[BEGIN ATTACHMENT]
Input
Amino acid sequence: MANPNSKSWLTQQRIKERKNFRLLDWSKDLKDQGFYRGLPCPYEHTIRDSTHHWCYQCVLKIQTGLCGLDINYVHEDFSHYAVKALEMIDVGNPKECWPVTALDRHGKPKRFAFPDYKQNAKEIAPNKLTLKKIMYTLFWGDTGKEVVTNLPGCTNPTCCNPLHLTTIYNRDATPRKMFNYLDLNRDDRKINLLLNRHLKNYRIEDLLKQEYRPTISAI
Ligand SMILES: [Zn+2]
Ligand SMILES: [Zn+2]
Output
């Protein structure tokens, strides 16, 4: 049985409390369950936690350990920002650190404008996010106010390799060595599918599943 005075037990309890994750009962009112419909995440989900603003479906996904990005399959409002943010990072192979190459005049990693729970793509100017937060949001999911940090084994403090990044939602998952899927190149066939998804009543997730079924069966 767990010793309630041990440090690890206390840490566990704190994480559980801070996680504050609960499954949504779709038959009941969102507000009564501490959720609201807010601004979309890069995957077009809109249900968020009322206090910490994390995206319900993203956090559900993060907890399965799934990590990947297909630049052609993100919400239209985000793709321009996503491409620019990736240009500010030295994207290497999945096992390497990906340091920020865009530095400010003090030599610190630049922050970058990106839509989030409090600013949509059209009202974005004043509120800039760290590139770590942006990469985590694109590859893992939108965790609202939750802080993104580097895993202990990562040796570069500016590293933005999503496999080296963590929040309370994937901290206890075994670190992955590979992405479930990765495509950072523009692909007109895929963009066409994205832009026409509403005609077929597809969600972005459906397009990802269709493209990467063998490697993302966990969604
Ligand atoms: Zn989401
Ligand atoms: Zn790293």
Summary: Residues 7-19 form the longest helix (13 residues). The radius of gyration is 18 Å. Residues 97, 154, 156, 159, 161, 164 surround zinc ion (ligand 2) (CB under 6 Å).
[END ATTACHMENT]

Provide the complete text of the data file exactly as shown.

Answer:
Input
Amino acid sequence: MANPNSKSWLTQQRIKERKNFRLLDWSKDLKDQGFYRGLPCPYEHTIRDSTHHWCYQCVLKIQTGLCGLDINYVHEDFSHYAVKALEMIDVGNPKECWPVTALDRHGKPKRFAFPDYKQNAKEIAPNKLTLKKIMYTLFWGDTGKEVVTNLPGCTNPTCCNPLHLTTIYNRDATPRKMFNYLDLNRDDRKINLLLNRHLKNYRIEDLLKQEYRPTISAI
Ligand SMILES: [Zn+2]
Ligand SMILES: [Zn+2]
Output
């Protein structure tokens, strides 16, 4: 049985409390369950936690350990920002650190404008996010106010390799060595599918599943 005075037990309890994750009962009112419909995440989900603003479906996904990005399959409002943010990072192979190459005049990693729970793509100017937060949001999911940090084994403090990044939602998952899927190149066939998804009543997730079924069966 767990010793309630041990440090690890206390840490566990704190994480559980801070996680504050609960499954949504779709038959009941969102507000009564501490959720609201807010601004979309890069995957077009809109249900968020009322206090910490994390995206319900993203956090559900993060907890399965799934990590990947297909630049052609993100919400239209985000793709321009996503491409620019990736240009500010030295994207290497999945096992390497990906340091920020865009530095400010003090030599610190630049922050970058990106839509989030409090600013949509059209009202974005004043509120800039760290590139770590942006990469985590694109590859893992939108965790609202939750802080993104580097895993202990990562040796570069500016590293933005999503496999080296963590929040309370994937901290206890075994670190992955590979992405479930990765495509950072523009692909007109895929963009066409994205832009026409509403005609077929597809969600972005459906397009990802269709493209990467063998490697993302966990969604
Ligand atoms: Zn989401
Ligand atoms: Zn790293």
Summary: Residues 7-19 form the longest helix (13 residues). The radius of gyration is 18 Å. Residues 97, 154, 156, 159, 161, 164 surround zinc ion (ligand 2) (CB under 6 Å).